Walmart blurs lines between lanes

Although the NCR self-checkouts are pretty much the same that you always find at Walmart stores in the US, the world’s largest retailer’s experiment in its Supercenter in Fayetteville, Arkansas, could change the way the world of retail organises checkouts going forward.

Traditional manned checkout lanes are gone. But not the staff. Shoppers who prefer to get their shopping scanned and bagged, get the service. But at NCR’s self-checkout tills. The advantage is obvious: Shoppers can choose the level of service or support they want or need. From doing everything themselves to full service, also gradual assistant is provided.


All checkouts are open

All 34 tills are open all the time, at least as long as they don’t need technical support. All shoppers enter the checkout area through the same entry and are greeted – and supported, as much as they want it.

What Walmart developed together with NCR seems to be the logical next step after self-checkout-only stores as those of Tesco’s Fresh&Easy failed completely – not only in the US. Some shoppers need or want to be assisted at the checkout, and retailers need to take that into account.

The new checkout area in the Fayetteville Supercenter is very wide and open which makes it look much more modern but also suits those shoppers who prefer distance to others because of fears of infections.

Cashiers become hosts

Walmart didn’t cut any employments because of the new model but transitioned all cashiers in the store to a new type of job called ‘Host.’ It’s the Host’s job to make sure the checkout experiences are exactly what customers want them to be. If a customer wants to check themselves out, a host is there to show them to an open register. If a customer wants to be checked out by an associate, a host rings them up and bags all of their items just like they would have in the old lane-driven layout.

“By nature, individual lanes make the checkout experience transactional, but being face-to-face, the interaction becomes a relationship. We want to make it a personal experience”, said John Crecelius, Senior Vice President Innovations Development of Walmart US. He explains that getting the Hosts out from behind the register has changed the whole mindset of his frontend associates. Now, instead of focusing on the speed of each transaction, the employees are focusing on the individual needs of each customer.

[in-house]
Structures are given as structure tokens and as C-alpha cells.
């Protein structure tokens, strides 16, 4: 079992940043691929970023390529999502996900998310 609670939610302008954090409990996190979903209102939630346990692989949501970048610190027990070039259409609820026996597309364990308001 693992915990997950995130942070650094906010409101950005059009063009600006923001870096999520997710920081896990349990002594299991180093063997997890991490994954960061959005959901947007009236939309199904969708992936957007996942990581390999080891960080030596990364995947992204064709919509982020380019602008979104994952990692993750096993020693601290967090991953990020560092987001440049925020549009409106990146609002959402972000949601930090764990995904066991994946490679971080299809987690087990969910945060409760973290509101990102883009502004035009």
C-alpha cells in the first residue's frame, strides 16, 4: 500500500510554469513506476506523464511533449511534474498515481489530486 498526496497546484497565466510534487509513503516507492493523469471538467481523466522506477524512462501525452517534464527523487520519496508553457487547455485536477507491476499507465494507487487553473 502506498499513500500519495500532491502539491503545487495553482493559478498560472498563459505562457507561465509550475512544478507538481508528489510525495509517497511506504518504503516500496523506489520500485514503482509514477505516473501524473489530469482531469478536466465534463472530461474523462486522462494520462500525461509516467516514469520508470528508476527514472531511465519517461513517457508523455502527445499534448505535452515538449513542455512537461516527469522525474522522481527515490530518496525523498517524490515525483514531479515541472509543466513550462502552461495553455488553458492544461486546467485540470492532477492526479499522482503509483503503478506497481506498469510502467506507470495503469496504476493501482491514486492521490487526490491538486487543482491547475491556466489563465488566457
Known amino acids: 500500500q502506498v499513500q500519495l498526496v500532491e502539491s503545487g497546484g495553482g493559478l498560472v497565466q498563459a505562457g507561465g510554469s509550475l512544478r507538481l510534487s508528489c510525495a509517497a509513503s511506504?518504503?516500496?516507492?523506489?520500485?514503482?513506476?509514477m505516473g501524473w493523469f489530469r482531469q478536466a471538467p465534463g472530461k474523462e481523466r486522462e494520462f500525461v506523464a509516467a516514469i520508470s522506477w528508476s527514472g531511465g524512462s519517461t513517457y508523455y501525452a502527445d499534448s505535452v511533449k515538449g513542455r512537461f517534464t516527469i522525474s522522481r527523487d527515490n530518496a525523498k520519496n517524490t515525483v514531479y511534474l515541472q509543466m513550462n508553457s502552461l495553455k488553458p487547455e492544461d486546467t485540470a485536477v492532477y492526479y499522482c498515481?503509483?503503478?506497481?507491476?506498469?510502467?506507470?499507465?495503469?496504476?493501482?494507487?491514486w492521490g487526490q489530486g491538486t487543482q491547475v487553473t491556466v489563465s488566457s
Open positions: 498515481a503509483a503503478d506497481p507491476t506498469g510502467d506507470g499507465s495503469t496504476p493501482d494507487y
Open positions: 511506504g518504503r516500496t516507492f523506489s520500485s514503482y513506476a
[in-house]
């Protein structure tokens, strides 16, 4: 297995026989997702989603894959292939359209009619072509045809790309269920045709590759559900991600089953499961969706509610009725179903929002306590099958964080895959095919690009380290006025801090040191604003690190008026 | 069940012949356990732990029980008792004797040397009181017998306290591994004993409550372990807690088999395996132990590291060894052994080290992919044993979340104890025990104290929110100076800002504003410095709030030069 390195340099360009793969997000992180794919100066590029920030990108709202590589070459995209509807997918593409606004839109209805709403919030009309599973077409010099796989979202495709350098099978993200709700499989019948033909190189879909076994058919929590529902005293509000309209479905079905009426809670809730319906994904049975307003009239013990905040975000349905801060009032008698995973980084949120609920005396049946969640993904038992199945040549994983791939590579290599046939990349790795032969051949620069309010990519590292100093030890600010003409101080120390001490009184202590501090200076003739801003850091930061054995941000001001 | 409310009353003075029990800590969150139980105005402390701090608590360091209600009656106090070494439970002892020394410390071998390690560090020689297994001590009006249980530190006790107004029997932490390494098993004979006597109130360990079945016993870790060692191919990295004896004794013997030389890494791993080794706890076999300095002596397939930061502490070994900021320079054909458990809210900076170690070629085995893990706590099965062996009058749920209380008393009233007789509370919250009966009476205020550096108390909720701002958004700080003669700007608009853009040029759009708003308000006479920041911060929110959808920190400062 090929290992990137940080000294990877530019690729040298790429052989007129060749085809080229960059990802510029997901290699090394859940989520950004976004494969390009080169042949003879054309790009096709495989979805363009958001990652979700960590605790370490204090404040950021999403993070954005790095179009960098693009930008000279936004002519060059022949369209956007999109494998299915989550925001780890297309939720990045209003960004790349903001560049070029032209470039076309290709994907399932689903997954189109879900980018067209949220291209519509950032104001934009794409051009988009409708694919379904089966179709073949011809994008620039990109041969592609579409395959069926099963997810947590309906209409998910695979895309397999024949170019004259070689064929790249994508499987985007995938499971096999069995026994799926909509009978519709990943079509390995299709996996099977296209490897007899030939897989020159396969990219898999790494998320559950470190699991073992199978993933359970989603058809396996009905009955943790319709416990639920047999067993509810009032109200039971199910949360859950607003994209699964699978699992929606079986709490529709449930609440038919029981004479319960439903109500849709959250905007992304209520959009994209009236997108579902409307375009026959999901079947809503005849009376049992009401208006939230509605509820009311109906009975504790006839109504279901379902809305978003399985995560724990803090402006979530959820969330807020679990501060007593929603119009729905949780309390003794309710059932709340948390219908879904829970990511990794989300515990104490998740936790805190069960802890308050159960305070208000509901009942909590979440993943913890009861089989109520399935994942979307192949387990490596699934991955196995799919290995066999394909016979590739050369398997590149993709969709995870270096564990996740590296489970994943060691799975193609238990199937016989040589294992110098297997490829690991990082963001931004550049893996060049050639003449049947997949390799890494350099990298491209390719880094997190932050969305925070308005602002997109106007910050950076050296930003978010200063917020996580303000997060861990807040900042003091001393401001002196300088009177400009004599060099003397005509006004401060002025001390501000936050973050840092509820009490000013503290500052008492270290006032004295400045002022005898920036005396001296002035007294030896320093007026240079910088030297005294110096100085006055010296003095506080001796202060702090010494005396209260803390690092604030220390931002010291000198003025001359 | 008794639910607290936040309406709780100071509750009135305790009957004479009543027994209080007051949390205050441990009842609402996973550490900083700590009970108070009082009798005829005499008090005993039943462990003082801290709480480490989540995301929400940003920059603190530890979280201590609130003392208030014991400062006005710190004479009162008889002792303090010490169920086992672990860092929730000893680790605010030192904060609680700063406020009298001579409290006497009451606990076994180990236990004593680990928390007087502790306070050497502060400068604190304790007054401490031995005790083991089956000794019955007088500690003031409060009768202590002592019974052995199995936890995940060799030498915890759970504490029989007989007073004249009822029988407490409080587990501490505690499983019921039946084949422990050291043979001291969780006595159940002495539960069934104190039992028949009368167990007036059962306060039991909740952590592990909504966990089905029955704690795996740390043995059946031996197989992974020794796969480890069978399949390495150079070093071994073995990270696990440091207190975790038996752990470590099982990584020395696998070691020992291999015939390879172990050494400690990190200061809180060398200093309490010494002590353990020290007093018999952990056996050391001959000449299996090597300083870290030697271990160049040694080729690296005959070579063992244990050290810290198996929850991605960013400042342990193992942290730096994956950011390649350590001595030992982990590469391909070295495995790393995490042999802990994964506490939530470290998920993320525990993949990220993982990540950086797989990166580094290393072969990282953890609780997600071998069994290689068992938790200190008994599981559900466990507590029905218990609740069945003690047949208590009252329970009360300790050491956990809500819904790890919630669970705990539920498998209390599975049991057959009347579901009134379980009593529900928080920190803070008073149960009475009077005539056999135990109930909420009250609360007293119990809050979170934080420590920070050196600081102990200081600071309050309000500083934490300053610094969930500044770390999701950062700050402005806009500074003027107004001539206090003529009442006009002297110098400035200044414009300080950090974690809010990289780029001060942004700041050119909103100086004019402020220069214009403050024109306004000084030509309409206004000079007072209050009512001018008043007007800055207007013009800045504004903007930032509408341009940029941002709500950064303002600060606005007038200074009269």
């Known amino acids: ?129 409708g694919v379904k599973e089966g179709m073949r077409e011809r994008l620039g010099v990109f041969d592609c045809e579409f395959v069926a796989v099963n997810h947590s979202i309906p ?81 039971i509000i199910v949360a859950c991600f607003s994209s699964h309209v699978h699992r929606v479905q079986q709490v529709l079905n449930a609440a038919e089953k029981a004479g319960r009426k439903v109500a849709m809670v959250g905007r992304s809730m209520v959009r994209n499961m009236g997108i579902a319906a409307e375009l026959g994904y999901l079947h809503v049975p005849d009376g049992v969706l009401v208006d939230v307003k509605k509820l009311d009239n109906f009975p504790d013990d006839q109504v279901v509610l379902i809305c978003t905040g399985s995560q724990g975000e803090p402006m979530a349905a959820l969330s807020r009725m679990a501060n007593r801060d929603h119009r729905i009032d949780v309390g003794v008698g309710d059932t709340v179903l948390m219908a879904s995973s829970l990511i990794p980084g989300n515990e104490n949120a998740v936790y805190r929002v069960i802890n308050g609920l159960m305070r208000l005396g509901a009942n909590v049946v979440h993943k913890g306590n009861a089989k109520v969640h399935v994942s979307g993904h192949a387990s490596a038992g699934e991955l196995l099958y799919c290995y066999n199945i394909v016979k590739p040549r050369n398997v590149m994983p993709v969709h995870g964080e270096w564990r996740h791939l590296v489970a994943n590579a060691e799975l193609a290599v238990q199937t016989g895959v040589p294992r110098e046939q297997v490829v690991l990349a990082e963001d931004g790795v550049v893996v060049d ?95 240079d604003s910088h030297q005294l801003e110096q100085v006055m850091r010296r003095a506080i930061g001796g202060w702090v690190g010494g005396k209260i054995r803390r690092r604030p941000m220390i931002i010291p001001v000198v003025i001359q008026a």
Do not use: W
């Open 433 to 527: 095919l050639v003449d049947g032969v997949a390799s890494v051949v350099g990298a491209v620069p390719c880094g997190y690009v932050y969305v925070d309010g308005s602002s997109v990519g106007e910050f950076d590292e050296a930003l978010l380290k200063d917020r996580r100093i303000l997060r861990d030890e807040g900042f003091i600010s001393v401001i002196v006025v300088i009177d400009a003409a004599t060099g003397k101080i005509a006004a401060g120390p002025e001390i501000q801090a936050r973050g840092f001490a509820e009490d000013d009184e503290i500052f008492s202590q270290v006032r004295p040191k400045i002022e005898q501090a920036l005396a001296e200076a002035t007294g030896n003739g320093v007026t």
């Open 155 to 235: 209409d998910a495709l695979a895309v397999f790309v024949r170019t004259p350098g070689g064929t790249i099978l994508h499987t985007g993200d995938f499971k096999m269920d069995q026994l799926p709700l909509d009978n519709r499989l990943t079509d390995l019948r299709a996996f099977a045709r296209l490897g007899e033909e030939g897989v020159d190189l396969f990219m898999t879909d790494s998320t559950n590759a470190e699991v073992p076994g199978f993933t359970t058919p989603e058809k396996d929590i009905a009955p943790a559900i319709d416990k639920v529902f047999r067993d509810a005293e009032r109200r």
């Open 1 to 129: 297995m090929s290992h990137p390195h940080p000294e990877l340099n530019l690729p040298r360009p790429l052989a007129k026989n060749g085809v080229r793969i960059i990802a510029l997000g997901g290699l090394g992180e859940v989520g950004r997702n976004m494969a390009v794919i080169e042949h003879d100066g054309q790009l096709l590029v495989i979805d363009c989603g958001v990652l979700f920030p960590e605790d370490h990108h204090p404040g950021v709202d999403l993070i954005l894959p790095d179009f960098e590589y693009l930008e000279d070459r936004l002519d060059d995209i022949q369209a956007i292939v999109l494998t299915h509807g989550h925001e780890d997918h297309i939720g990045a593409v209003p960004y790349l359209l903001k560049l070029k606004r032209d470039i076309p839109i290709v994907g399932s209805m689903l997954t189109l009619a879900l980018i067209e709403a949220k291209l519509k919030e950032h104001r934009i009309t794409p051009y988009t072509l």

No more queuing at the lamest checkout

One of the most common complaints with the traditional checkout experience is that there aren’t enough lanes open. There are a couple of reasons for this. The first is visibility. It’s hard to see which lanes are open, because of the physical walls between them.

To save time, many customers search for the shortest line or the line that seems to be moving the fastest. This creates a never-ending grass-is-always-greener scenario where the customer spends time calculating which line will take the least amount of time.

Traditional manned lanes are also slow to adapt to sudden changes in customer flow. If the store suddenly gets busier, getting another cashier isn’t always easy. In the new layout is no such thing as opening or closing a lane, so adapting to changing traffic patterns is much easier.

According to Walmart, running a register in the lane takes 40 hours of cashier training to operate a register. With the new layout, the training took less than a day.

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Björn Weber

Björn Weber has been a journalist, analyst and consultant specialising in the retail and consumer goods industry for over 20 years. Prior to founding Fourspot, which is publishing The Retail Optimiser, Björn Weber headed the international analyst group LZ Retailytics. Previously, he was Research Director Retail Technology and Head of Planet Retail in Germany. Before that, Björn Weber was editor for IT & logistics topics at Lebensmittel Zeitung for eight years. Björn Weber is a member of the jury of the Retail Technology Award (Reta Europe) of the EHI. He is a regular speaker at events of the EHI, the NRF, industry media and the Consumer Goods Forum.

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